DUP MLA calls for recent positive efforts in youth intervention to be maintained
The number of first-time offenders in Northern Ireland has continued to fall over the last year.
New figures from the Northern Ireland Statistics and Research Agency show that in 2019/20, 29,093 offences were dealt with by a conviction or disposal.
Around a quarter (26.8%) of these were first-time offenders at 7,805 — a reduction of 120 (1.5%) from the previous year.
It follows a gradual reduction each year from the 2014/15 proportion of first-time offenders at 30.4%. The vast majority of first offences (5,561) were dealt with by conviction, with diversions used in 2,224 cases.
Motoring offences were behind over half of first-time offences at (55.2%) compared to violence against the person (14.2%), drugs (8.1%) and theft (5.2%).
Diversions as punishment for first offences was highest in the categories of drugs (72.1%), public order (71.2%) and possession of weapons (68.6%).
By contrast, convictions were more likely for first offences involving motoring (91.4%), burglary (88.2%), sexual (80.7%), miscellaneous crimes against society (74%) and fraud (72.8%).
Comparing gender, most first-time offenders were male at 70.8% compared to 29.2% of females. And looking at the age of new offenders, around one in 10 (710) were aged 10-17 while one in four were aged 18-24 (2,073).
DUP MLA and Justice Committee member Peter Weir welcomed the reduction in offending figures. "I think the figures are encouraging and they reflect not just what's happening in youth justice, I think across society there has been a lot of better interventions with young people," the former education minister said.
"We see that for instance in the education system and some of the interventions through youth services. Sometimes it can be the case that a thousand parents have helped, so it really is a combination of things.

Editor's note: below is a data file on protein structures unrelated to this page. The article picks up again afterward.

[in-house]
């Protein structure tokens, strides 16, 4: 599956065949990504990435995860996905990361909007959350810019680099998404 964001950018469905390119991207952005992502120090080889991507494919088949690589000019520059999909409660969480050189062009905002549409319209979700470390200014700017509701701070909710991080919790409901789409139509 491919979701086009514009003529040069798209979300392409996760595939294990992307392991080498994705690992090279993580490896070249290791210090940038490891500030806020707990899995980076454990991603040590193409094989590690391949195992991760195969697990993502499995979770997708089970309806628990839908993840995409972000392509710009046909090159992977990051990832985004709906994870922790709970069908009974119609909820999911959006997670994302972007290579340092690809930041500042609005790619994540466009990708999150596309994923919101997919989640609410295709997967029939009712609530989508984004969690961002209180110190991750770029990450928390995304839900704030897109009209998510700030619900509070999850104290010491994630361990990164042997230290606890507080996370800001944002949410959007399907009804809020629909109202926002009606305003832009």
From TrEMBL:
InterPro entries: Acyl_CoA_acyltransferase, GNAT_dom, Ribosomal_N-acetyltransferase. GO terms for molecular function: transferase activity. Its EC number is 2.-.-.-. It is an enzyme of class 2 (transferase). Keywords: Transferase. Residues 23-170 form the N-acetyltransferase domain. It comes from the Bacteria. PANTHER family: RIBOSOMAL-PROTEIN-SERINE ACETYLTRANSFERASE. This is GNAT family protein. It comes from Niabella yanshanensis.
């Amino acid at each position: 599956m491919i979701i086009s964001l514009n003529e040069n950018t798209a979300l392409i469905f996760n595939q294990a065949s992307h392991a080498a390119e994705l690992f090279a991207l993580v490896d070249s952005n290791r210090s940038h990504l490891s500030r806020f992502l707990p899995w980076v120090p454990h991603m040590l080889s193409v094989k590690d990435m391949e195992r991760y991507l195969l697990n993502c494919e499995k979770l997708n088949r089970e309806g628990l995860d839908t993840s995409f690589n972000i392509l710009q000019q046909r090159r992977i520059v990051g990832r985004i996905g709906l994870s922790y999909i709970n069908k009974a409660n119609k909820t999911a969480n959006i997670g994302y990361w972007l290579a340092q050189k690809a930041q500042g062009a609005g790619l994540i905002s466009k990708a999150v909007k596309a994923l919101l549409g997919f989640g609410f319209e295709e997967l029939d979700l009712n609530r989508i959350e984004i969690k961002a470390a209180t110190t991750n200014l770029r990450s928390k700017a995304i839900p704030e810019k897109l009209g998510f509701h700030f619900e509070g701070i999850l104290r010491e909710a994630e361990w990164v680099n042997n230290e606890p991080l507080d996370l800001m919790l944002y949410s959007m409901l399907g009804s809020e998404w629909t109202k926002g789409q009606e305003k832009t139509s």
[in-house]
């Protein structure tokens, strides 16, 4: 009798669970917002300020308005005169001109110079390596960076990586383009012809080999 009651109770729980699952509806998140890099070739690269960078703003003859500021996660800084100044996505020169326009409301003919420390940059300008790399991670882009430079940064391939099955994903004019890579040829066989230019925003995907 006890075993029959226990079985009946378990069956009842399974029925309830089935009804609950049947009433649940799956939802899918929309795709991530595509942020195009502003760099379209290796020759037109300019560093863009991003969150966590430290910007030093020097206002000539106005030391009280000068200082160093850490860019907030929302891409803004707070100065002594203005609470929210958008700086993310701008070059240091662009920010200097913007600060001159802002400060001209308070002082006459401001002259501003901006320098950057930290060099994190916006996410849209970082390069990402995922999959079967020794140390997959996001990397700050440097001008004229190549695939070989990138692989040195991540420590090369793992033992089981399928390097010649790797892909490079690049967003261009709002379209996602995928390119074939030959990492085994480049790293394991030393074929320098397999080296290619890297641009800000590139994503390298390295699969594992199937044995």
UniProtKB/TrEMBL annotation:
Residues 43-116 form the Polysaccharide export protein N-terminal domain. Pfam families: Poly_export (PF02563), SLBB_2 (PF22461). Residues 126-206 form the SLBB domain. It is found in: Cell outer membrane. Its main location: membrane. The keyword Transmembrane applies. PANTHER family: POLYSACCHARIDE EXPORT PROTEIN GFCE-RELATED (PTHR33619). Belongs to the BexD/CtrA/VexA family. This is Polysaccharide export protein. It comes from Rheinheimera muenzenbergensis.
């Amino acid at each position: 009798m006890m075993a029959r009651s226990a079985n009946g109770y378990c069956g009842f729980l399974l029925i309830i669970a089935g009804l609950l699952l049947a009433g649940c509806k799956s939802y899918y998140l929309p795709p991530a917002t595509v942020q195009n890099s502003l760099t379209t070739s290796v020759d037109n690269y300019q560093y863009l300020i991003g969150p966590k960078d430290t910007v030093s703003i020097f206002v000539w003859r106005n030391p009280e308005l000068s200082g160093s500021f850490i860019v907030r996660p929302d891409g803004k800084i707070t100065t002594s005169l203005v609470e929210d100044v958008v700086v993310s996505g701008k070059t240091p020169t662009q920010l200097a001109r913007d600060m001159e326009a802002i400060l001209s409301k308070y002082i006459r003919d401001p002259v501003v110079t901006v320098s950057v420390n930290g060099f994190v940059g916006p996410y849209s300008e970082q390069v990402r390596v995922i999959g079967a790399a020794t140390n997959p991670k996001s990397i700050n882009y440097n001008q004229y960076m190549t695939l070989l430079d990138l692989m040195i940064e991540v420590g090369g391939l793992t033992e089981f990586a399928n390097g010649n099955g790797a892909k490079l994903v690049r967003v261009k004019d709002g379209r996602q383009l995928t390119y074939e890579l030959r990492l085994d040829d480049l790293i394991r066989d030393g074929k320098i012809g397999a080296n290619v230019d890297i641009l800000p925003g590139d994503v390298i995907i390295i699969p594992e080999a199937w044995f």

"I think it is important that we continue to make the right interventions, we can't be complacent about this. It's important in particular the investment that we put in our young people across the board."
Mr Weir said one critical area was helping those most vulnerable to problems in later life because of adverse childhood experiences.
"I think there’s a challenge beyond youth justice, but with the wider actions of the Executive so that we take what appears to be a positive trend and actually turn it into something with long term benefits — both for society and the individual themselves. The more that we can ensure that young people don’t get involved in criminal behaviour in the first place the better their life chances are. That’s something we should be taking the maximum advantage of.”
Asked about the scenes earlier this year of young people drawn into rioting, Mr Weir said there had been many positives in the community response.
"What happened there included certain justice interventions, but let’s remember once we saw that there was a very swift move through youth service and the Department of Education, backed up by the Executive to have youth interventions to have people really working on the ground. Those were things happening alongside the police and justice that actually started with Education and youth workers.”